The huge meteorite hurtled toward the Earth at 50,000 kilometres per hour.
It burned its way through the atmosphere in a trail of incandescence.
Seconds later it hit the ground and a giant fireball erupted, brighter than the Sun.
The explosion flattened everything for miles around.
When the dust settled, a huge cavity had opened up in the landscape.
Meteor Crater, Arizona. Photo: NASA
It sounds like a scene from a Hollywood disaster movie.
But it really happened some 50,000 years ago.
We can see the result of this gigantic impact today.
It is Meteor Crater in Arizona, USA.
The meteorite was a huge chunk of metal, a fragment from the asteroid belt.
Originally 100 metres across, half of its bulk burned away during its plunge through the atmosphere.
The remainder, a 50 metre missile, hit the ground with the force of an atomic bomb.
The crater it gouged out was 1200 metres wide and 200 metres deep.
It’s rim rose 60 metres above the grassy plain.
In the instant of the impact, most of the meteorite was vaporised.
Only a relatively little survived the heat of the explosion.
Meteorite fragment at the crater. Photo: Dennis Ashton
Many fragments of the impactor have been found.
They are known as the Canyon Diablo meteorite, after the small 19th Century town nearby.
There are three basic types of meteorite. They are stony, iron-nickel and a stony-iron.
Meteor Crater was the result of an iron-nickel impact.
Meteor Crater Now
The crater lies in the arid desert of Arizona.
Because of its location, it has seen little erosion by wind and rain.
It is the best-preserved impact crater on Earth.
However time has seen some changes.
The rim has eroded to around 45 metres tall.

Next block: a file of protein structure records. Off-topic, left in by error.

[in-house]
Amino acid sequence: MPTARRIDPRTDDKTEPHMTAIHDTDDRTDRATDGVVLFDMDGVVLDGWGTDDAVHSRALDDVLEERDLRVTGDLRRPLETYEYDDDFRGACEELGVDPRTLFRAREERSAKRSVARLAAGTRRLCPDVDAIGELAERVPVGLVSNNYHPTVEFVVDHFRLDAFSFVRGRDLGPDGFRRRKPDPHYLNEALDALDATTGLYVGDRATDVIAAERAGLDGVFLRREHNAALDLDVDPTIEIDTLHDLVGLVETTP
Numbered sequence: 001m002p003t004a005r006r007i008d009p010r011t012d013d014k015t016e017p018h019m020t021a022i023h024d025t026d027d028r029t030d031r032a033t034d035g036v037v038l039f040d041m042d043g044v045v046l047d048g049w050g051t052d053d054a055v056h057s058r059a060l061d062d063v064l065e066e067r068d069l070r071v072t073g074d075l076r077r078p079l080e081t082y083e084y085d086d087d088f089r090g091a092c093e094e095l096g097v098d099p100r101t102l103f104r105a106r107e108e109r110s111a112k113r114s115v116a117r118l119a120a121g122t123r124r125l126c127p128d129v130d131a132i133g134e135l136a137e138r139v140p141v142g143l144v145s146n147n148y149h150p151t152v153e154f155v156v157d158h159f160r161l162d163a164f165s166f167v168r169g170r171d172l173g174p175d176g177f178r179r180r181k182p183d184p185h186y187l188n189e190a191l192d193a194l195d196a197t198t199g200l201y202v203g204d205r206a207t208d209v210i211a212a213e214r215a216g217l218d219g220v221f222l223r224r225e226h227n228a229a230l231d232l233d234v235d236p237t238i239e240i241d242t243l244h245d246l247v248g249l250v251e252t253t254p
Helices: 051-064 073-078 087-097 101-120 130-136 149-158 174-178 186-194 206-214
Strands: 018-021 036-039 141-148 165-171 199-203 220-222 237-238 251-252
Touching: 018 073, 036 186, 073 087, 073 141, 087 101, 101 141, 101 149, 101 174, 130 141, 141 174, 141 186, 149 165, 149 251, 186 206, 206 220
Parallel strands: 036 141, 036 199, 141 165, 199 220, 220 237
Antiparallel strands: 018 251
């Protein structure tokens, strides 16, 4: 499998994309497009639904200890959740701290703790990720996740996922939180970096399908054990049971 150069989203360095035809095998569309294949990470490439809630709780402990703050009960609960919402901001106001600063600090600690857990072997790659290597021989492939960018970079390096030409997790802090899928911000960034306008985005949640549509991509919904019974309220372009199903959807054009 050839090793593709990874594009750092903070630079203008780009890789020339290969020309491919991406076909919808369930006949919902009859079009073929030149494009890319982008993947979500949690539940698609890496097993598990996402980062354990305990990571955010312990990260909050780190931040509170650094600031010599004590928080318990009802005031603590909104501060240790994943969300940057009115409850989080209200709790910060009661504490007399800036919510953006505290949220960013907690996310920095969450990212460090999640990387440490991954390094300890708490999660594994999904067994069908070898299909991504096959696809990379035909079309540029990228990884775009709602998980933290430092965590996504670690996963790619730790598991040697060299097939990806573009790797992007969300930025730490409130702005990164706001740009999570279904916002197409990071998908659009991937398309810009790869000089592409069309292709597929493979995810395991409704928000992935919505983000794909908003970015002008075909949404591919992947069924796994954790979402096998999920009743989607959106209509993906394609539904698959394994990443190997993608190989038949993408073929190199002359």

Mud washed down by storms has raised the crater floor.
It is now about 170 metres deep.
Meteor Crater first came to public attention in the 1890s.
However geologists could not agree about its origin.
Some cited iron fragments as evidence of meteorite impact.
Others were convinced it was a volcanic caldera, like others in the region.
Crater Rim view. Photo: Dennis Ashton
One man who was convinced its was a meteorite crater was mining engineer Daniel Barringer.
He bought the crater and land around in 1903 and began the search for metal.
He believed that the bulk of the iron-nickel meteorite lay beneath the crater bottom.
Barringer spent 27 years searching for the mother lode.
But his drills revealed nothing.
In 1929, an astronomer calculated that most of the meteorite had vaporised on impact.
There was no huge metal deposit below ground.
However the volcano / meteorite debate continued.
It was resolved in the 1960s by Gene Shoemaker.
He proved conclusively that a meteorite had indeed made the crater.
Despite the arguments, the Barringer family held on to the land.
Now the crater is paying a dividend as a tourist attraction.
Around 270,000 people visit the site each year.
And this year I was among them.
As we approached Meteor Crater on the flat desert road, we could make out the raised rim in the distance.
Signs counted down the distance. ‘5 miles to impact………4 miles to impact’.
Approaching Meteor Crater. Photo: Dennis Ashton
At the Visitor Centre we paid our $25 entry fee and opened a door to the outside.
There it was, Meteor Crater! It was an awesome sight.